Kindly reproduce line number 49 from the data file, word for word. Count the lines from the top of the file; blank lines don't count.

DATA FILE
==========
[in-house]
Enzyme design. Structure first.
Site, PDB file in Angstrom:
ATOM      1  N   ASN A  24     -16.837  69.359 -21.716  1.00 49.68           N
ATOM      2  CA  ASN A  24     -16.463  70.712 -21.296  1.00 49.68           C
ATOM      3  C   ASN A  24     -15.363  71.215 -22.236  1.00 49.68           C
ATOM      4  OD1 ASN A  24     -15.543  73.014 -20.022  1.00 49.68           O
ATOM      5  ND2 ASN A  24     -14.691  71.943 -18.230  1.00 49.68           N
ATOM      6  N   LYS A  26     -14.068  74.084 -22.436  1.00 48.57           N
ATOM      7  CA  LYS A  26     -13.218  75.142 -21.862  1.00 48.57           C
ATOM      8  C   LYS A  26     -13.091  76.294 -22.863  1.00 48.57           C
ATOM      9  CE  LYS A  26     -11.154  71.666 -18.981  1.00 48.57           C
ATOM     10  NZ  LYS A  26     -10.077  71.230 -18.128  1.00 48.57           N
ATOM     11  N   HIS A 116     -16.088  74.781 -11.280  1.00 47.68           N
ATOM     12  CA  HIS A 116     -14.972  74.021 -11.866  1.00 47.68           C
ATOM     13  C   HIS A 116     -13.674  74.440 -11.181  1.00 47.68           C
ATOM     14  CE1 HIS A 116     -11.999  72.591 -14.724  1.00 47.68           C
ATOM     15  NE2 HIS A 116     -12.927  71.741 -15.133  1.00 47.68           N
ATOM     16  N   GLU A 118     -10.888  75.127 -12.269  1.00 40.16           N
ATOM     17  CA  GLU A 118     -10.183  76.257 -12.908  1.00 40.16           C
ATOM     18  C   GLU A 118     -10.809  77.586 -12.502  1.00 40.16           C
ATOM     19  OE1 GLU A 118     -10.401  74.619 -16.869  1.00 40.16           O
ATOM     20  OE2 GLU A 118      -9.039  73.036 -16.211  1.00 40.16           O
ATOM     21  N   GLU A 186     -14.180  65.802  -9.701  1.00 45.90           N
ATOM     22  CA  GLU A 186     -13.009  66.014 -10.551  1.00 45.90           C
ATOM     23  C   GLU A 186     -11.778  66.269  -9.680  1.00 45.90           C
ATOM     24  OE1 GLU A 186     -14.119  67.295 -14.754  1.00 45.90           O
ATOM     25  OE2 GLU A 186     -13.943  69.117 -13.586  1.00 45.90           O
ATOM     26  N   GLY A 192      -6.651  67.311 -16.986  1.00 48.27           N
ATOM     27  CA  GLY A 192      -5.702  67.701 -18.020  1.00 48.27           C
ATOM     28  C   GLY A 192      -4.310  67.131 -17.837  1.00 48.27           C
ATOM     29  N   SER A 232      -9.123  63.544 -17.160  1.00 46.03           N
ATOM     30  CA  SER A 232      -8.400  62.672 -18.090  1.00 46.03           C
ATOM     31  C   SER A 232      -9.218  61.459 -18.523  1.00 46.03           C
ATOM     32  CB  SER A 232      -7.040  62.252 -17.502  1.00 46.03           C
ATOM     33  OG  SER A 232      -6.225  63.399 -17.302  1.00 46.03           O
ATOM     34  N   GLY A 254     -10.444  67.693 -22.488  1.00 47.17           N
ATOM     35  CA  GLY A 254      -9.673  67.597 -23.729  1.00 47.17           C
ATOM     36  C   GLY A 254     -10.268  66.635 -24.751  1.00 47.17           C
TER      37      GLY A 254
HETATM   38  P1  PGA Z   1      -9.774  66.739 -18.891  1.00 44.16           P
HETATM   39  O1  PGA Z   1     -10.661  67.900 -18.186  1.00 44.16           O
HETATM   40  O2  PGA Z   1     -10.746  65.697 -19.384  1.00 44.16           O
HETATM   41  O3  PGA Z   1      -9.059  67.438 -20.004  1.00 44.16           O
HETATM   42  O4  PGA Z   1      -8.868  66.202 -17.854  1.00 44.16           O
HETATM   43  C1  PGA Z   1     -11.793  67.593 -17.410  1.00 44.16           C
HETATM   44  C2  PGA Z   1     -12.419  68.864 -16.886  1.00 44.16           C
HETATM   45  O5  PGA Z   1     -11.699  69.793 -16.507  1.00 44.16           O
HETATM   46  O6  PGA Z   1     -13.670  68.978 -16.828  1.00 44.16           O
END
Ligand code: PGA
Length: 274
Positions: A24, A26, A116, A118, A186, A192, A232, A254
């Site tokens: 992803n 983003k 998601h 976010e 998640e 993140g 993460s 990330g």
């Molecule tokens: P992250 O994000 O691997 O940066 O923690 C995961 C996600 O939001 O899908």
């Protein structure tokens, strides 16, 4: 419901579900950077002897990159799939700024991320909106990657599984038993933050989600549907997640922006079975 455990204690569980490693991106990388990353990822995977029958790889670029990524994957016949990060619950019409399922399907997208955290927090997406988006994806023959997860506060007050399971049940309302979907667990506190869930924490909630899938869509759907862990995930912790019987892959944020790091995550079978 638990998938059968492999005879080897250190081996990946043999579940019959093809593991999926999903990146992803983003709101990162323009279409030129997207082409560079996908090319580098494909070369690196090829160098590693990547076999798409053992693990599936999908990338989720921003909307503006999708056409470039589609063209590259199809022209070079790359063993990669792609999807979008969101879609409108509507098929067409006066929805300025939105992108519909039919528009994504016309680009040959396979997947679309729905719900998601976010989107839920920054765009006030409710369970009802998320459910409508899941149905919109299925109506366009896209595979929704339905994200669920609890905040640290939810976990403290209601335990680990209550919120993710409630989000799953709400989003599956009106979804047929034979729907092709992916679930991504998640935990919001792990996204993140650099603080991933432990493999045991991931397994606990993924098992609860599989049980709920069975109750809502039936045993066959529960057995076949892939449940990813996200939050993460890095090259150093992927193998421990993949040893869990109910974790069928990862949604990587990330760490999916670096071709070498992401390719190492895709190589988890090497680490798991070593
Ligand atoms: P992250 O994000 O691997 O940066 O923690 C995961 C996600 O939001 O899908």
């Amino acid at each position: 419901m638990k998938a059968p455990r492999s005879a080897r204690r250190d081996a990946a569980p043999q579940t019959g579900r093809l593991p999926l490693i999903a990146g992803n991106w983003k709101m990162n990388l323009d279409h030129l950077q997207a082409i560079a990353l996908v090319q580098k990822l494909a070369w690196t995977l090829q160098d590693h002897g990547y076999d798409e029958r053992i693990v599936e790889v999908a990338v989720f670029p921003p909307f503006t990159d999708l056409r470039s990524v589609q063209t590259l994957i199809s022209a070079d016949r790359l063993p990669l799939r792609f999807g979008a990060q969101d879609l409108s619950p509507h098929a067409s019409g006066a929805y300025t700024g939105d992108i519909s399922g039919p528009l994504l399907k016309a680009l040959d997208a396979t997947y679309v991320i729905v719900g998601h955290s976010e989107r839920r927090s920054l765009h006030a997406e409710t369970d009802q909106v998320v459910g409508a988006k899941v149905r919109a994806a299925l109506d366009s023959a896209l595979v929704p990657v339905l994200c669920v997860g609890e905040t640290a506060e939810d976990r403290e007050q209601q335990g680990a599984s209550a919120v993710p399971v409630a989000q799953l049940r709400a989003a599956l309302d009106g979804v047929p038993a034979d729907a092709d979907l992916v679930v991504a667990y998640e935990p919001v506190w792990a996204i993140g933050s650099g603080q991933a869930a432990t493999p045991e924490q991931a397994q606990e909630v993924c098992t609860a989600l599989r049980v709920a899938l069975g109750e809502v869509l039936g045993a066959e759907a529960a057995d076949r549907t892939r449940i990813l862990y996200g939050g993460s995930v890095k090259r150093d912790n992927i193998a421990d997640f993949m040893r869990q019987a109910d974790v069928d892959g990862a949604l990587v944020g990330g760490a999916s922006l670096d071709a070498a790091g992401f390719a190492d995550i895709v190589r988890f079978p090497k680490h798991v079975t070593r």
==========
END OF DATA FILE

HETATM   46  O6  PGA Z   1     -13.670  68.978 -16.828  1.00 44.16           O